Happy May Day to everyone! As we all know from our worldly travels, May 1st is celebrated in many cultures around the globe as May Day!
May Day refers to any of several public holidays. In many countries, May Day is synonymous with International Workers’ Day, or Labour Day, which celebrates the social and economic achievements of the labor movement. As a day of celebration, however, the holiday has ancient origins and can relate to many customs that have survived into modern times. Many of these customs are due to May Day being a cross-quarter day, meaning that it falls approximately halfway between an equinox and a solstice.
The earliest May Day celebrations appeared in pre-Christian Europe, as in the Celtic celebration of Beltane, and the Walpurgis Night of the Germanic countries. Many pre-Christian indigenous celebrations were eventually banned or Christianized during the process of Christianization in Europe. As a result, a more secular version of the holiday continued to be observed in the schools and churches of Europe well into the 20th century. In this form, May Day may be best known for its tradition of dancing the Maypole and crowning of the Queen of the May. Today various Neopagan groups celebrate reconstructed (to varying degrees) versions of these customs on 1 May.
The day was a traditional summer holiday in many pre-Christian European pagan cultures. While February 1 was the first day of Spring, May 1 was the first day of summer; hence, the summer solstice on June 25 (now June 21) was Midsummer. In the Roman Catholic tradition, May is observed as Mary’s month, and in these circles May Day is usually a celebration of the Blessed Virgin Mary. In this connection, in works of art, school skits, and so forth, Mary’s head will often be adorned with flowers. Fading in popularity since the late 20th century is the giving of “May baskets,” small baskets of sweets and/or flowers, usually left anonymously on neighbors’ doorsteps.
International Worker’s Day
May Day can refer to various labour celebrations conducted on May 1 that commemorate the fight for the eight hour day. May Day in this regard is called International Workers’ Day, or Labour Day. The choice of May 1st was a commemoration by the Second International for the people involved in the 1886 Haymarket affair in Chicago, Illinois. As the culmination of three days of labor unrest in the United States, the Haymarket incident was a source of outrage and admiration from people around the globe. In countries other than the United States and Canada, residents sought to make May Day an official holiday and their efforts largely succeeded. For this reason, in most of the world today, May Day has become an international celebration of the social and economic achievements of the labour movement. Although May Day received its inspiration from the United States, the U.S. Congress designated May 1 as Loyalty Day in 1958 due to the day’s appropriation by the Soviet Union. Alternatively, Labor Day traditionally occurs sometime in September in the United States. Some view this as an effort to isolate American workers from the worldwide community. Although certain countries do not celebrate May Day, people from around the globe continue to use May Day parades as an opportunity to show disapproval with the government or to protest cuts in social programs.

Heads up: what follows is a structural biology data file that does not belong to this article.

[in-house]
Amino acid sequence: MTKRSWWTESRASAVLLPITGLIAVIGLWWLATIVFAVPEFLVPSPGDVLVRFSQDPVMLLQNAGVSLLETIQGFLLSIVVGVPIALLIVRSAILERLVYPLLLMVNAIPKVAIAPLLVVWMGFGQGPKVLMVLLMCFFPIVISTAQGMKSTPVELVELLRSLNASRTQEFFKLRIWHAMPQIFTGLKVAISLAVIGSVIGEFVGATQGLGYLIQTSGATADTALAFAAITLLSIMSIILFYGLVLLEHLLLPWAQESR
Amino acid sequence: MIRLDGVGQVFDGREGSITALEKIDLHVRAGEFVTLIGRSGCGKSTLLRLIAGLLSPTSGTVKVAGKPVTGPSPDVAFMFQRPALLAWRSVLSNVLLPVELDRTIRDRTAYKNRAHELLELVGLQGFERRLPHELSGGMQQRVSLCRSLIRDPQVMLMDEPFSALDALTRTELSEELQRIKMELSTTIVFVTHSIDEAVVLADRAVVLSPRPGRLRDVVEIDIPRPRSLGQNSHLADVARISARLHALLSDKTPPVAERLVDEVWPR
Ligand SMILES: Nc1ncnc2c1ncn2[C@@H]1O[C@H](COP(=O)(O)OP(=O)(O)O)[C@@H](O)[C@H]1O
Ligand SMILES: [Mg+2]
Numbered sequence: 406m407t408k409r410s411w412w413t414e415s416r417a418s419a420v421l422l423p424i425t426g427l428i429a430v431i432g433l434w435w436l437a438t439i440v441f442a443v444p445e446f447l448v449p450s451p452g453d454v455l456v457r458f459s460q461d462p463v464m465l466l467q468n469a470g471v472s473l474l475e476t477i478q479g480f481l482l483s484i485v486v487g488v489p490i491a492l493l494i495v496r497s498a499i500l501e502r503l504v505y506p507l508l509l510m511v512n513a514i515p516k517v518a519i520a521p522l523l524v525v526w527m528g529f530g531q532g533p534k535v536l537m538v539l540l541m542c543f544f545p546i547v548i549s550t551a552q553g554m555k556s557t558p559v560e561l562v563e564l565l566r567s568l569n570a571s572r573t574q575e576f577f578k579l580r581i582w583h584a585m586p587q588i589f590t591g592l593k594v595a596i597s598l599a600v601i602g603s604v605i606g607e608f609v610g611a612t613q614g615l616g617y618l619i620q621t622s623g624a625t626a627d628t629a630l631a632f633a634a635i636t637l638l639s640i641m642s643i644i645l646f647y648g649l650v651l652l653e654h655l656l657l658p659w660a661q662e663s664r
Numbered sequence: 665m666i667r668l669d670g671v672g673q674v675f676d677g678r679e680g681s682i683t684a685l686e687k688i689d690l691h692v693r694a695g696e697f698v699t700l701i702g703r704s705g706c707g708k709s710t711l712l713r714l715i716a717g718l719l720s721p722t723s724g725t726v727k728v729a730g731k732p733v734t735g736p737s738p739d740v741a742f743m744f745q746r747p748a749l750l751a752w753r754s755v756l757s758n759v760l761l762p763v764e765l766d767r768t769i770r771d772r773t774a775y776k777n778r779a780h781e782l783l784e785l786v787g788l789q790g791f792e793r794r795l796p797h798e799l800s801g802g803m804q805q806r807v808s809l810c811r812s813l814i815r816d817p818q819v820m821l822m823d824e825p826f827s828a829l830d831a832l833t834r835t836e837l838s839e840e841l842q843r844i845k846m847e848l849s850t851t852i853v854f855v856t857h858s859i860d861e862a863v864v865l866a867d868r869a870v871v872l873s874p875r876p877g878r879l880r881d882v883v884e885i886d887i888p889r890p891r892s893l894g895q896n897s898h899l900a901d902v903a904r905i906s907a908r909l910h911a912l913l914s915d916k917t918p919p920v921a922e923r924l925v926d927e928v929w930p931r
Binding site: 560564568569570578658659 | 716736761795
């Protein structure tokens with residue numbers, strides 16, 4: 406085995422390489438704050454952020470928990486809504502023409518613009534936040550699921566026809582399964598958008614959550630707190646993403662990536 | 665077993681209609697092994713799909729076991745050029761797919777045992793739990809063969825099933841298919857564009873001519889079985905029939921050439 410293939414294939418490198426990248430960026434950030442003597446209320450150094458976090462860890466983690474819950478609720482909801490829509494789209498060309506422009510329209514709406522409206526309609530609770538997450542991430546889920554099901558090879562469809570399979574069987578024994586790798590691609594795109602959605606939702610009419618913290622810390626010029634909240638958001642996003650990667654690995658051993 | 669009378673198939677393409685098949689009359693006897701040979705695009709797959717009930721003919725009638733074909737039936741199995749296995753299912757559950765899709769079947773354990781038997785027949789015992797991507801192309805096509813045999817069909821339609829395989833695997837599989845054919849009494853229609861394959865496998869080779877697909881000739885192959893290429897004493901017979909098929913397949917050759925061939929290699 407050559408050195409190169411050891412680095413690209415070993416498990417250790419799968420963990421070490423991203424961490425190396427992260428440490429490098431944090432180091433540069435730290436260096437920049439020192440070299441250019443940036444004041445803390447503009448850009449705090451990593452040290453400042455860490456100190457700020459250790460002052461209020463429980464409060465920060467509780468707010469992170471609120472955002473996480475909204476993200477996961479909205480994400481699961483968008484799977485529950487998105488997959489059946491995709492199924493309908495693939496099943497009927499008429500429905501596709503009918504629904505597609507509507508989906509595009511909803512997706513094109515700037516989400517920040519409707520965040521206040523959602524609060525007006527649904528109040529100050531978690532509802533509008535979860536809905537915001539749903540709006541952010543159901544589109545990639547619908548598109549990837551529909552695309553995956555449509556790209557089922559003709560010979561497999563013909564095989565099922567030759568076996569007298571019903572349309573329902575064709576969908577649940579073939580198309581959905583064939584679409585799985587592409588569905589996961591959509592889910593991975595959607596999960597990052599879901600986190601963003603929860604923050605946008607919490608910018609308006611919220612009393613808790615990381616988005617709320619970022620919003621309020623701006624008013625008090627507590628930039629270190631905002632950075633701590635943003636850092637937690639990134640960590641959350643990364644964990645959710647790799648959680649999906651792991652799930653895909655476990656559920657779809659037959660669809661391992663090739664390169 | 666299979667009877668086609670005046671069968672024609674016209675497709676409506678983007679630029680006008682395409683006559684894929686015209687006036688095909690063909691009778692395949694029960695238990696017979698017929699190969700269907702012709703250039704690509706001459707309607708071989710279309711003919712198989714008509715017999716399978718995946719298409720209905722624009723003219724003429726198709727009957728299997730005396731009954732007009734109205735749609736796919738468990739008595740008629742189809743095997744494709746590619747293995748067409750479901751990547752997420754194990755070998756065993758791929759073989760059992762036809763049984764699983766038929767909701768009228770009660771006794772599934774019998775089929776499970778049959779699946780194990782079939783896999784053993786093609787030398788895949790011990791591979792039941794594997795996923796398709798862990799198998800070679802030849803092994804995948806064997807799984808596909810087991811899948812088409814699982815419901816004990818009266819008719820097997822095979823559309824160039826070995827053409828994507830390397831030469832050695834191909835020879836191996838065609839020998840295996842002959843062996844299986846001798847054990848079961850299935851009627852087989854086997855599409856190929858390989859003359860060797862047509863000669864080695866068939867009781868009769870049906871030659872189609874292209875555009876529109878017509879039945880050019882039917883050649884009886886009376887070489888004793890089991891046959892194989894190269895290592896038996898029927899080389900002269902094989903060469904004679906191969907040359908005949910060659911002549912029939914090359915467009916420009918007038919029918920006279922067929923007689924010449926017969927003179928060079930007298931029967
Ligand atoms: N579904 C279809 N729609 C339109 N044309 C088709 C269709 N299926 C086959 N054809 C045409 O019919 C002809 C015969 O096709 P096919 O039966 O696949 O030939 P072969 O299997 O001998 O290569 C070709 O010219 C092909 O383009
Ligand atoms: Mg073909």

Traditional May Day Celebrations
May Day marks the end of the uncomfortable winter half of the year in the Northern hemisphere, and it has traditionally been an occasion for popular and often raucous celebrations, regardless of the locally prevalent political or religious establishment.
As Europe became Christianized, the pagan holidays lost their religious character and either morphed into popular secular celebrations, as with May Day, or were replaced by new Christian holidays, as with Christmas, Easter, and All Saint’s Day. Beginning in the 21st. century, many neopagans began reconstructing the old traditions and celebrating May Day as a pagan religious festival once more.